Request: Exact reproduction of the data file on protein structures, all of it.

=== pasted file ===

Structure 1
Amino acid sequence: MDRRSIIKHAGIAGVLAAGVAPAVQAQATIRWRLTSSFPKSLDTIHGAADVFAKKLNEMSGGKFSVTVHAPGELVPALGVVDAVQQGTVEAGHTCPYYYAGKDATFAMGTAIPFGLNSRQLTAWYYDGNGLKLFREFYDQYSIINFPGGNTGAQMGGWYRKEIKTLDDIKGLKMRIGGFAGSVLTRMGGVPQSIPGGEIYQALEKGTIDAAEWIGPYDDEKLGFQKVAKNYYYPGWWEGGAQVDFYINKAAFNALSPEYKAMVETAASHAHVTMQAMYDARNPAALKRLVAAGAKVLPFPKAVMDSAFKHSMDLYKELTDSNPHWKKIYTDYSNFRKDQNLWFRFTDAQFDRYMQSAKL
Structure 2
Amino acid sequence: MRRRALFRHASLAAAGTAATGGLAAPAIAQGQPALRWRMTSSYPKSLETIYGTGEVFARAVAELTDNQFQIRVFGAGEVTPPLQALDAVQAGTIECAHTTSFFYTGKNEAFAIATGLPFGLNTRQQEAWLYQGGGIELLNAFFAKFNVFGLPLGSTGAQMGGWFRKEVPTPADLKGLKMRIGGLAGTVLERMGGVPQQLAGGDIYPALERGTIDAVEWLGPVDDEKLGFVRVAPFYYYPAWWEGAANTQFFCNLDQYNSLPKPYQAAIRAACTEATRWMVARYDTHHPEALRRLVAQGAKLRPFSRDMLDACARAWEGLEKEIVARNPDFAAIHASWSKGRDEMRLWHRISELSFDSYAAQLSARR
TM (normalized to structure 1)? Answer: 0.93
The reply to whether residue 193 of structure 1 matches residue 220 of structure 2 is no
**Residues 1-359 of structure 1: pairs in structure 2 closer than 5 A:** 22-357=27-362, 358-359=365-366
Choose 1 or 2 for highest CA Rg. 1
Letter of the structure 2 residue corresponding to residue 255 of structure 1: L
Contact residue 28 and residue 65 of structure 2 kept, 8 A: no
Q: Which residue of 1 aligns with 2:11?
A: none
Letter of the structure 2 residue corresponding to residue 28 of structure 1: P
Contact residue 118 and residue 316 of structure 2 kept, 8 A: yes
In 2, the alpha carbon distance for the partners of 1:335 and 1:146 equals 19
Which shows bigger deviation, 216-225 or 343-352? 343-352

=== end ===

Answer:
Structure 1
Amino acid sequence: MDRRSIIKHAGIAGVLAAGVAPAVQAQATIRWRLTSSFPKSLDTIHGAADVFAKKLNEMSGGKFSVTVHAPGELVPALGVVDAVQQGTVEAGHTCPYYYAGKDATFAMGTAIPFGLNSRQLTAWYYDGNGLKLFREFYDQYSIINFPGGNTGAQMGGWYRKEIKTLDDIKGLKMRIGGFAGSVLTRMGGVPQSIPGGEIYQALEKGTIDAAEWIGPYDDEKLGFQKVAKNYYYPGWWEGGAQVDFYINKAAFNALSPEYKAMVETAASHAHVTMQAMYDARNPAALKRLVAAGAKVLPFPKAVMDSAFKHSMDLYKELTDSNPHWKKIYTDYSNFRKDQNLWFRFTDAQFDRYMQSAKL
Structure 2
Amino acid sequence: MRRRALFRHASLAAAGTAATGGLAAPAIAQGQPALRWRMTSSYPKSLETIYGTGEVFARAVAELTDNQFQIRVFGAGEVTPPLQALDAVQAGTIECAHTTSFFYTGKNEAFAIATGLPFGLNTRQQEAWLYQGGGIELLNAFFAKFNVFGLPLGSTGAQMGGWFRKEVPTPADLKGLKMRIGGLAGTVLERMGGVPQQLAGGDIYPALERGTIDAVEWLGPVDDEKLGFVRVAPFYYYPAWWEGAANTQFFCNLDQYNSLPKPYQAAIRAACTEATRWMVARYDTHHPEALRRLVAQGAKLRPFSRDMLDACARAWEGLEKEIVARNPDFAAIHASWSKGRDEMRLWHRISELSFDSYAAQLSARR
TM (normalized to structure 1)? Answer: 0.93
The reply to whether residue 193 of structure 1 matches residue 220 of structure 2 is no
**Residues 1-359 of structure 1: pairs in structure 2 closer than 5 A:** 22-357=27-362, 358-359=365-366
Choose 1 or 2 for highest CA Rg. 1
Letter of the structure 2 residue corresponding to residue 255 of structure 1: L
Contact residue 28 and residue 65 of structure 2 kept, 8 A: no
Q: Which residue of 1 aligns with 2:11?
A: none
Letter of the structure 2 residue corresponding to residue 28 of structure 1: P
Contact residue 118 and residue 316 of structure 2 kept, 8 A: yes
In 2, the alpha carbon distance for the partners of 1:335 and 1:146 equals 19
Which shows bigger deviation, 216-225 or 343-352? 343-352